The growth of the U.S. container industry will be modest this year as the U.S. economy, led by consumer demand, continues to sputter at a weak pace, according to a forecast by TTX Co., the largest provider of railcars and fleet management services in North America.
U.S. Gross Domestic Product, the broadest measure of goods and services produced, is expected to be about 1.8 percent, Peter Wolff, director of market development, said at the Council of Supply Chain Management Professionals' annual conference in the fall. He confirmed in an e-mail last week that the company's outlook has not changed and that it is assuming a weak first quarter due to the uncompleted federal budget negotiations.
On Sunday night, Congress passed a last-second compromise bill that narrowly prevented the country from going over the so-called "Fiscal Cliff." The House voted 257-157 to extend Bush-era tax cuts for those making under $450,000 per year, delay automatic spending cuts for two months, extend unemployment benefits and address other expiring tax provisions. The flurry of action staves off what many predicted would have been a severe blow to the economy, but does not end the nation's financial pressure. Congress and the White House must find $1.3 trillion in spending cuts over 10 years within two months to avoid automatic, across-the-board cuts and Congress must vote on whether to raise the nation's debt ceiling, disagreement over which resulted in the sequestration agreement that led to the fiscal drama in Washington in recent weeks.
In the third quarter, the U.S. economy grew 3.1 percent after increasing 1.3 percent in the second quarter. The U.S. Commerce Department has not released fourth-quarter data yet.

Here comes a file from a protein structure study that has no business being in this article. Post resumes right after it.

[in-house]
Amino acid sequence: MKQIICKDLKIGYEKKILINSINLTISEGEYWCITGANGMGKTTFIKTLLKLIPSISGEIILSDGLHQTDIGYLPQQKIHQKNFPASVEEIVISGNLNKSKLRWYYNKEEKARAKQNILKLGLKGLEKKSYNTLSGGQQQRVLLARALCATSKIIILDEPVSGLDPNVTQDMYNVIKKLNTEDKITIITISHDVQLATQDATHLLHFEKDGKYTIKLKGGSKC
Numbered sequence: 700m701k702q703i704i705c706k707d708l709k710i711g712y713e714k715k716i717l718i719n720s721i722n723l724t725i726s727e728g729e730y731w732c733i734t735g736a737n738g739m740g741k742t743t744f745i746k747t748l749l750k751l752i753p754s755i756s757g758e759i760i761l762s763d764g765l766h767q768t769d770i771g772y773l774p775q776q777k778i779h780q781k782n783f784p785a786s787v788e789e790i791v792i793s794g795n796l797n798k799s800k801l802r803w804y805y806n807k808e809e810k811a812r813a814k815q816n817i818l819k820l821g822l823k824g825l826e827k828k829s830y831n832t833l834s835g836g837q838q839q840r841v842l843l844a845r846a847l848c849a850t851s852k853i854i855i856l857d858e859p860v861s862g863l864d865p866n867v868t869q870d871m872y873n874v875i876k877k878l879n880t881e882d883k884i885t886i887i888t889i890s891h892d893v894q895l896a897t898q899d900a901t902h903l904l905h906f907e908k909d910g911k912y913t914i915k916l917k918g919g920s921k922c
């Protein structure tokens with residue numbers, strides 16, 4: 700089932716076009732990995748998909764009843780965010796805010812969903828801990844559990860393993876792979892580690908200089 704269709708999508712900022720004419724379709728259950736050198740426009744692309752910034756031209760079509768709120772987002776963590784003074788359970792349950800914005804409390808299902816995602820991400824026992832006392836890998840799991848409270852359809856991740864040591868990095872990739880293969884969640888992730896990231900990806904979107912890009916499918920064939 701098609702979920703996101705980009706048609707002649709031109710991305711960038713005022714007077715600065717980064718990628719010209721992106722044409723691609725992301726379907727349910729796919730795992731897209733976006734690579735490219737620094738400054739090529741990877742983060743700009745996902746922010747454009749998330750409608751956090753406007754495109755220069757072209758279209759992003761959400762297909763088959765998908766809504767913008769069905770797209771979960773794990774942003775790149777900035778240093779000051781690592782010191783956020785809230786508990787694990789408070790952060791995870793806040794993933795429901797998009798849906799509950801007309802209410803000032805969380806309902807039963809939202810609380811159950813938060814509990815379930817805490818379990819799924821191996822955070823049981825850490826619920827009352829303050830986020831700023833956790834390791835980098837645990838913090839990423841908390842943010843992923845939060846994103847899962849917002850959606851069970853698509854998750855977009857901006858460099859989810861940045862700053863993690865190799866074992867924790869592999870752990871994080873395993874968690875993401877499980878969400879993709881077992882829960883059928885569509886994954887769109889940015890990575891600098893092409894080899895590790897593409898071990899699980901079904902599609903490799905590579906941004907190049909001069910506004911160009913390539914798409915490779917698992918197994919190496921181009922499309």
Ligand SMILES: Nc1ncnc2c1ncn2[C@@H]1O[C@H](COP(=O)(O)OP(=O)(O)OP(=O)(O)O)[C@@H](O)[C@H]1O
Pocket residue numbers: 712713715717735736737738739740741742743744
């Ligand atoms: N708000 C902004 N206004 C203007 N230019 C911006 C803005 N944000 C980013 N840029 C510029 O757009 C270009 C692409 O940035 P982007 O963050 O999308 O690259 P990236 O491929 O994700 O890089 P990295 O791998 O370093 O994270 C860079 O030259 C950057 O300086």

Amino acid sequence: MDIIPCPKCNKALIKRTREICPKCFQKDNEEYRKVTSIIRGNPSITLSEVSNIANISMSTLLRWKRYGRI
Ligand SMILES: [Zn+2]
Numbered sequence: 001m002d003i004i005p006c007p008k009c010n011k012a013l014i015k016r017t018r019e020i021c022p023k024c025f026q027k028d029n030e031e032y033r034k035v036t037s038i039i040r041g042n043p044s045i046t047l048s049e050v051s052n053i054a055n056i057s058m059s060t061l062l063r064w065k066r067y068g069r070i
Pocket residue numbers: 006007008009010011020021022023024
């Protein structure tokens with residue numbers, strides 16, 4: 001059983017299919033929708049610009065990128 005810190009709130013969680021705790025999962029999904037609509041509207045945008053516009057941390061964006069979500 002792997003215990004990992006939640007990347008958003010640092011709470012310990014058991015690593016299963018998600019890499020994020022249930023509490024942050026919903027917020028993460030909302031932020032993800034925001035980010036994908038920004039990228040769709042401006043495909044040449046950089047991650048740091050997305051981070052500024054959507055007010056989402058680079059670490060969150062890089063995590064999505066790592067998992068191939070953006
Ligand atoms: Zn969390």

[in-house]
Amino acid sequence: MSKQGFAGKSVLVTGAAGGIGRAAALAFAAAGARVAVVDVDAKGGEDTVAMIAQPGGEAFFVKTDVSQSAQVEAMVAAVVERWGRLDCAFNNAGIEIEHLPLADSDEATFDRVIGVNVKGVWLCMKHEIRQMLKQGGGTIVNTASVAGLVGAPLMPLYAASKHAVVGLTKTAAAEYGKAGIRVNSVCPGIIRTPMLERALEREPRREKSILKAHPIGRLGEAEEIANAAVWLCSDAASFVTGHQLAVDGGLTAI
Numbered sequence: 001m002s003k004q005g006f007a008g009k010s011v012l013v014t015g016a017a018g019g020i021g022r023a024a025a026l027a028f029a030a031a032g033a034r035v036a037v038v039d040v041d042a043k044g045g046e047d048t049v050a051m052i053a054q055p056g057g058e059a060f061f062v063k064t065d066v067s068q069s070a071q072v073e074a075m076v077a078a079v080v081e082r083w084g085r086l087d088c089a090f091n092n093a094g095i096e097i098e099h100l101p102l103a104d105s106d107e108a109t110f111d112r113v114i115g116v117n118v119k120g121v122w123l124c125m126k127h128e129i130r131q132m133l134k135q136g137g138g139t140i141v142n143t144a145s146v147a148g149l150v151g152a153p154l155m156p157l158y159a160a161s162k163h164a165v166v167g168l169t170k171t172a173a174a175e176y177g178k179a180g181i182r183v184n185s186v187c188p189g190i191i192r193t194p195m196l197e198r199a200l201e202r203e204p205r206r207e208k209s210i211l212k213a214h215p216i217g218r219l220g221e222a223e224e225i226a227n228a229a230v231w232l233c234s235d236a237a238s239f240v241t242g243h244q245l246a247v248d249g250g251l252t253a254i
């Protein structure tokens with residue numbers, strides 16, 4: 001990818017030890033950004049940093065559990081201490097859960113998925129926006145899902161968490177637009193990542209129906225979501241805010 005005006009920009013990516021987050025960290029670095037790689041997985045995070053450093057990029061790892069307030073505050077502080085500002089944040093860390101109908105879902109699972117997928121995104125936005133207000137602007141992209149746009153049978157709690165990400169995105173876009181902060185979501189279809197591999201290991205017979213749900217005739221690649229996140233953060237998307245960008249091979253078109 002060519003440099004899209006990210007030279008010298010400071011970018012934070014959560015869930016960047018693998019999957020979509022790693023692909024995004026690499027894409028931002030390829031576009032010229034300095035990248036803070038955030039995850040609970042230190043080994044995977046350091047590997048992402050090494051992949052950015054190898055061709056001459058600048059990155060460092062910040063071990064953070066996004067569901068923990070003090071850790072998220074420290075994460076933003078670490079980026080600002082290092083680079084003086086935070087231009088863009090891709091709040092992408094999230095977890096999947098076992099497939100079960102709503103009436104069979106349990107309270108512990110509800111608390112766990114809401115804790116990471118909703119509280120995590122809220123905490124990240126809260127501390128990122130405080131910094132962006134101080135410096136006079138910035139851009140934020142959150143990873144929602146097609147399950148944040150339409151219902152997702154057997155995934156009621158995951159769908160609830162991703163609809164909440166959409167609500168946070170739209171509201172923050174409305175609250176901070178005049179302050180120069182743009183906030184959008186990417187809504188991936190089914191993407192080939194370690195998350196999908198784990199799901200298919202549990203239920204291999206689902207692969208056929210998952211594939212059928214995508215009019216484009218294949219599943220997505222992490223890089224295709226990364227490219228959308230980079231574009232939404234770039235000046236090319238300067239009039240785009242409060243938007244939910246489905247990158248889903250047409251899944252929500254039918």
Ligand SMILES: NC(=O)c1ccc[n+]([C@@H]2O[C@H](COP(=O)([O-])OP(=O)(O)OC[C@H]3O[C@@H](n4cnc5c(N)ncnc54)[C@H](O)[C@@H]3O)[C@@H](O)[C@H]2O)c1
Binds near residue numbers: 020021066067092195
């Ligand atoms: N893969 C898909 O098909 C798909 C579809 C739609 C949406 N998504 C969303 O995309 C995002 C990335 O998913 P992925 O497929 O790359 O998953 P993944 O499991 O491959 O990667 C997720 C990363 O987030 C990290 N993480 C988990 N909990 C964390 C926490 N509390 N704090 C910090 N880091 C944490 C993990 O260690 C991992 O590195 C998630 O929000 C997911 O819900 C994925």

TTX, which operates as a cooperative, closely follows macro-economic and supply chain trends to get a handle on how much rail equipment to buy for the use of its shareholders, the Class I railroads.
Imports of containers will increase 3.7 percent in 2013 and 4.3 percent in 2014, according to TTX's forecast. Wolff, as analysts such as Scudder Smith of Parsons Brinckerhoff have noted in the past, said double-digit growth of containers will be difficult to replicate because the vast majority of outsourcing by U.S. manufacturers has already occurred. That means container growth is tied to national productivity and consumer spending.
TTX's forecast is within the consensus range of other analysts.
Consumer spending is expected to be tepid through 2014, and possibly beyond, Wolff said. TTX, based on data from the U.S. Bureau of Economic Analysis and Moody's, projects consumer spending to grow 2.1 percent this year and 2.9 percent next year.
Consumer spending has fallen the past two months, after rising in late summer and early fall, as people worried about the impact on their pocketbooks from tax hikes and spending cuts because of the gridlock in Washington.
Housing is a major driver of container shipments as consumers look for furnishings and materials to upgrade their homes. Housing starts will reach 800,000 this year, compared to 700,000 last year, and 1.1 million in 2014, when construction of multi-family units will lead the way, according to TTX's analysis. The normal activity in a strong economy is about 1.6 million starts.
A rough rule of thumb is that for every 100,000 jump in housing starts, container volume increases by 1 to 2 percent.
The unemployment rate has fallen to 7.7 percent, but more than 4.5 million people are still out of work since the recession hit and economists say a full recovery won't be possible until job growth picks up substantially from about 120,000 per month. Even then, the unemployment figure could worsen as more people who gave up looking for jobs reenter the labor market. - Eric Kulisch